Mother and daughter doing yoga together on floor

I have always loved yoga. It helps me slow down, find focus, calm my racing thoughts, and connect back to my body. It’s an outlet I can turn to easily to complete the stress cycle, help myself move through stuck emotions, and ultimately experience some semblance of peace while parenting in a world that simply moves too quickly.

Admittedly, I am a bit type A, and I have likely passed some of these tendencies on to my daughter. Knowing how much yoga helps me, I was desperate to encourage her discover this fantastic outlet for frenetic energy. I tried engaging her in yoga on many occasions only to be met with resistance or total indifference. I figured I must not be doing it right. Maybe if I mastered teaching yoga to other kids, I thought, I would uncover the right approach for engaging her.

True to my overachieving self, I signed up for a kids yoga training course to test my theory. The course was quick, quirky, and fun. “I totally have this in the bag,” I thought while crab walking around a room trying to collect as many Beanie Babies on top of my belly as possible.

I learned fun names for poses, how to incorporate games, and how to lead a magic-carpet-inspired meditation. I told the course facilitator I wanted to give teaching a go, and she agreed to notify me of opportunities. I soon received an invitation to sub in an extended-day after-school program for first graders at a local school.

I arrived feeling prepared and excited to teach the forest-themed yoga sequence I had spent a lot of time planning. A teacher met me in the school lobby and informed me I would be teaching a class of 30 kids in an all-purpose PE room. As I laid out the little yoga mats, I noticed the room was cluttered with sports gear and had an overall hectic energy to it.

The children bounded in, and in her gruff Boston accent their teacher gave them a firm reminder of the rules. She led a little boy to the front and sat him down right next to me. “This is John. Keep a close eye on him.” she said, and left. I began the class with a creeping realization that it might not go quite the way I planned.

“OK everyone,” I said. “Today we are going to go on a yoga adventure through the forest. Let’s see what animals we find along the way. Begin by sitting criss-cross applesauce, and let’s take some bumble bee breaths.” 

Right away, John crawled into my lap without warning. While I was explaining body boundaries to him, a girl loudly proclaimed that she needed to use the restroom. As soon as I granted permission, six other hands shot up. “We need to go, too.” Then, more hands. “We need to go fill our water bottles.”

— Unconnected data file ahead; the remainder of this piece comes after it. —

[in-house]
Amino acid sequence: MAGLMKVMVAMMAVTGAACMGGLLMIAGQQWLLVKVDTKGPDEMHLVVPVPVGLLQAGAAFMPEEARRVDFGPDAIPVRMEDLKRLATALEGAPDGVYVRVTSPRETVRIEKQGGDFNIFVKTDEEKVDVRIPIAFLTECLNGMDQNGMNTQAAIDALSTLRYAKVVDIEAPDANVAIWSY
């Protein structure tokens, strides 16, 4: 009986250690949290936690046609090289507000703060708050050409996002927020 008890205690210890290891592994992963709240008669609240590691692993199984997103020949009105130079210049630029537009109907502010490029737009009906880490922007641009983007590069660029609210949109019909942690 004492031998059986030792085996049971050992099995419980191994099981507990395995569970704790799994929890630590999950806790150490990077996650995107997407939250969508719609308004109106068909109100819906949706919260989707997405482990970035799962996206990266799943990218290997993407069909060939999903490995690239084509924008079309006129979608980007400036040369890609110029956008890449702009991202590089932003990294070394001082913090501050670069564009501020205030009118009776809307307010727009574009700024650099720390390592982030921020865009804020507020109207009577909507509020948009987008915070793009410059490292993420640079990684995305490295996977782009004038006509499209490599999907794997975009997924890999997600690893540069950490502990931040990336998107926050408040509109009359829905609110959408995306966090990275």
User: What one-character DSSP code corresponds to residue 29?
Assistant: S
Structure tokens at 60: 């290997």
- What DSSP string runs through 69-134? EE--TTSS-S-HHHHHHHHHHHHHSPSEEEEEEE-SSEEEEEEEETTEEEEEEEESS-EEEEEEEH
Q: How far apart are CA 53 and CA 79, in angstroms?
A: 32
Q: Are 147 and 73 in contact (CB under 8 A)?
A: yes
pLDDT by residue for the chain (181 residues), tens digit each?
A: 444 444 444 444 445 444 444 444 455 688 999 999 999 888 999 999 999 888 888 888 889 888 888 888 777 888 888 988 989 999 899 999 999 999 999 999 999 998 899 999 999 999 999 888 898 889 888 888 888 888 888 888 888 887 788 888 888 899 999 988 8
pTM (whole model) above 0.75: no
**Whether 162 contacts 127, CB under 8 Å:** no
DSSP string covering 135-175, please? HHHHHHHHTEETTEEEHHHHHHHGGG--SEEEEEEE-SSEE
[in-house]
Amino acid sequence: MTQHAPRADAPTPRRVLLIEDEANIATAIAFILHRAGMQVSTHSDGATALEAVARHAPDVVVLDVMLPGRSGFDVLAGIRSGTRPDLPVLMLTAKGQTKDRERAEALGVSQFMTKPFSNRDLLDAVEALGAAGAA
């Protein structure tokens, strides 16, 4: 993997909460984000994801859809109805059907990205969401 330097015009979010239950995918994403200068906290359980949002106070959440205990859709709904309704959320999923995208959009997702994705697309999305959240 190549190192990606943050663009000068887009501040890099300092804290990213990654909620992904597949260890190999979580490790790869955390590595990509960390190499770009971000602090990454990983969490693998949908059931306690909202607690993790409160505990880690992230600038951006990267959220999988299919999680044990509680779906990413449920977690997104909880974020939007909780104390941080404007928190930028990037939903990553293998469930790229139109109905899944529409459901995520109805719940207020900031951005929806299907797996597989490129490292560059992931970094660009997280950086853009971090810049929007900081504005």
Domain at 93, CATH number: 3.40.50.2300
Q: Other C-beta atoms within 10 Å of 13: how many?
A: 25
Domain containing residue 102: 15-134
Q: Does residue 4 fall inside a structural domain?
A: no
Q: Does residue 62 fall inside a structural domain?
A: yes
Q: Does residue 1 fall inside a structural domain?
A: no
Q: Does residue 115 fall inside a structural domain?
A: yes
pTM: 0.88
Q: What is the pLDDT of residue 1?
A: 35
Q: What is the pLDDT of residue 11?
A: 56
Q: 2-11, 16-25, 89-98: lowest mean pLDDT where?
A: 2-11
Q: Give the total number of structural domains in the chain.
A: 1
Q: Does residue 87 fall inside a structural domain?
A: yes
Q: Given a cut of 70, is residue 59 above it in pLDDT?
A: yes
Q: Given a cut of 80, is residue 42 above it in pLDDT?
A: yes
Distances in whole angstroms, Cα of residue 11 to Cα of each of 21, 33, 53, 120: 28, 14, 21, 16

“Um, OK, just be quick,” I stammered. 

I was getting anxious. We were now running behind, and I only had about half the group present. A few kids languidly followed along while I wondered how long it was reasonable for first graders to use the bathroom. Then a group of girls abruptly left the mats and got on stationary bikes. Others began playing dodgeball. Everything snowballed from there. 

My first class was a total flop.

At the time, I thought it was because I had lost control, but I later realized my mistake was assuming I had control in the first place. In my blind desperation to follow the plan, I had missed an opportunity to have fun and get creative. I was trying to control all the variables, which is impossible when children are involved.

Had I gone with the flow and improvised the class to meet the needs and energy levels of the kids, it likely would have gone more smoothly. And with my own daughter? Well, I had to adapt there, too. Despite all my attempts, yoga is not her thing. Her energy requires a different kind of outlet. 

After trying many different activities, we discovered that her preferred way to channel energy is through swimming. She loves being around water and can spend all day in a pool. She is now a proud member of her local swim team. 

Parenting is never linear. It requires constant pivoting and re-calibration. There is a steep learning curve, and we need to give ourselves time and grace while we figure things out. Whether in parenting or in yoga, sometimes the best thing we can do in the moment is to let go of expectations and see where the flow takes us.

Maria Zolotarev
Originally from Moscow, Maria has lived in the Boston area since grade school. She attended Boston Latin, where she met her husband, and then graduated from Northeastern University. Maria now lives in the vibrant neighborhood of Roslindale with her husband and two kids (born in 2015 and 2020). She works as clinical pharmacist by day and runs the Roslindale Littles Facebook group in her free time. Prompted by the pandemic, she dove headfirst into finding her “Unicorn Space” outside of working and momming. She rediscovered her love of writing and one day she hopes to publish a children’s book that showcases her family's culture. Most days you can find her chasing her super active kids around the garden while she listens to a never ending TBR list of audiobooks. Likes: tea, cats, yoga, hiking, her Peloton, exploring, reading, gardening and meeting new people. :)

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